Bavarian Forest National Park is a large protected forest located in the southeastern region of Germany in the Free State of Bavaria. Together with Šumava National Park, the region is home to the largest continuous forest in central Europe. There are 57 named mountains in the park, the tallest and most prominent of which is Großer Rachel. The peak has an elevation of 1,435 m (4,708 ft) and a prominence of 499 m (1,637 ft).
Bavarian Forest National Park (Nationalpark Bayerischer Wald) is located in the southeastern part of Germany in the Free State of Bavaria. The forest is located within the districts of Freyung-Grafenau and Regen along the country’s border with the Czech Republic.
The park encompasses 243 sq. km (94 sq. mi) of land in the Eastern Bavarian Forest, which is a large wooded region that coincides with the Bohemian Forest in Czechia.
Bavarian Forest National Park is just one of the many protected areas in the Bavarian and Bohemian forests, which are the largest contiguous areas of woodlands in Central Europe. Other protected areas in the region include the Bavarian Forest Nature Park, the Upper Bavarian Forest Nature Park, and the Šumava National Park, the latter of which is in Czechia.
True to its name, Bavarian Forest National Park contains large swaths of forested land. Amidst the forest lie numerous raised bog sections. While alpine lakes can also be found within the low elevation range, it is more common for hikers to come across bog lakes, which are a type of wetland. The bog lakes that are present throughout the park were once home to high meadows.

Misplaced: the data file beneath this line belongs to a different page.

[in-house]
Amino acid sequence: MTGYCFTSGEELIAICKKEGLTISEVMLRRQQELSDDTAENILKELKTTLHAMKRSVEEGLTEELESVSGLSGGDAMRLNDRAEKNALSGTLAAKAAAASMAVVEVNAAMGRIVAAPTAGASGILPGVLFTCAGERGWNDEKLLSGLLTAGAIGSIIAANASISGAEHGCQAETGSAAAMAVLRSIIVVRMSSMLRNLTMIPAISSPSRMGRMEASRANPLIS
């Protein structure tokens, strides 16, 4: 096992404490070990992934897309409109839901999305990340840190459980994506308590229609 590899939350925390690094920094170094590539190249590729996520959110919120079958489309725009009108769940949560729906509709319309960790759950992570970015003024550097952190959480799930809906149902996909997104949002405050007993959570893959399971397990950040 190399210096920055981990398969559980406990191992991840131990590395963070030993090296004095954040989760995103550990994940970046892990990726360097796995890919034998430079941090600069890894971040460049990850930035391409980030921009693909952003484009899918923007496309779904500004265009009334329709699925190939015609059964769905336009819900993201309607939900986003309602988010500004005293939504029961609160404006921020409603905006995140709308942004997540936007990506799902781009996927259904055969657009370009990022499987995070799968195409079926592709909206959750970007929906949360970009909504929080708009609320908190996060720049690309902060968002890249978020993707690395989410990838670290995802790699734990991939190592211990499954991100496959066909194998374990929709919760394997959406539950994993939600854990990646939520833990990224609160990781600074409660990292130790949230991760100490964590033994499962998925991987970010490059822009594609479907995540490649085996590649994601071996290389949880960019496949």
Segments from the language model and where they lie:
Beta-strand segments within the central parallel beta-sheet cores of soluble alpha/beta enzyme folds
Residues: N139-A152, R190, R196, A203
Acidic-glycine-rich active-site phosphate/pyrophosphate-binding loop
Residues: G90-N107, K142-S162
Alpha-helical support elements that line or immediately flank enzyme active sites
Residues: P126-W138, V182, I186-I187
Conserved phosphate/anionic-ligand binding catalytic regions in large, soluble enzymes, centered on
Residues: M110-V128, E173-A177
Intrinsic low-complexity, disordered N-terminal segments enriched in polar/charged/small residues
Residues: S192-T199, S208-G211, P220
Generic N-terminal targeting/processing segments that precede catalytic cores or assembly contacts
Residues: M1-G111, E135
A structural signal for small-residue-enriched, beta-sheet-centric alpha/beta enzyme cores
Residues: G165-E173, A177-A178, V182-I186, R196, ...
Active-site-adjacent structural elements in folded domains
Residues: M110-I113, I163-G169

The Bohemian massif (Český masiv or Böhmische Masse) is the primary mountain range within the park. The range is located within close proximity of a number of other mountain ranges, including the Ore Mountains, Bohemian-Moravian Highlands, and the Sudetes. Lookout towers accompanied by grassy summits throughout the park allow for spectacular views of the region as well as of Šumava National Park.
Today, the largest river in the region is the Regen. Various smaller streams can be found in the park, too, most of which travel westward.
Bavarian Forest National Park is located near various other parks and protected areas. Directly east lies Šumava National Park in the Czech Republic, while Berchtesgaden National Park and Östliche Chiemgauer Alpen lie to the southwest.
The geological history of the park dates back 250 million years. The Variscan Orogeny is responsible for the formation of the Bohemian massif, which is the primary mountain range in the park.
The closing of the Rheic Ocean and continual collision of tectonic plates led to the uplift of the massif into the range we know of today. Volcanic activity, along with millions of years of erosion, resulted in the formation of the summits in the park.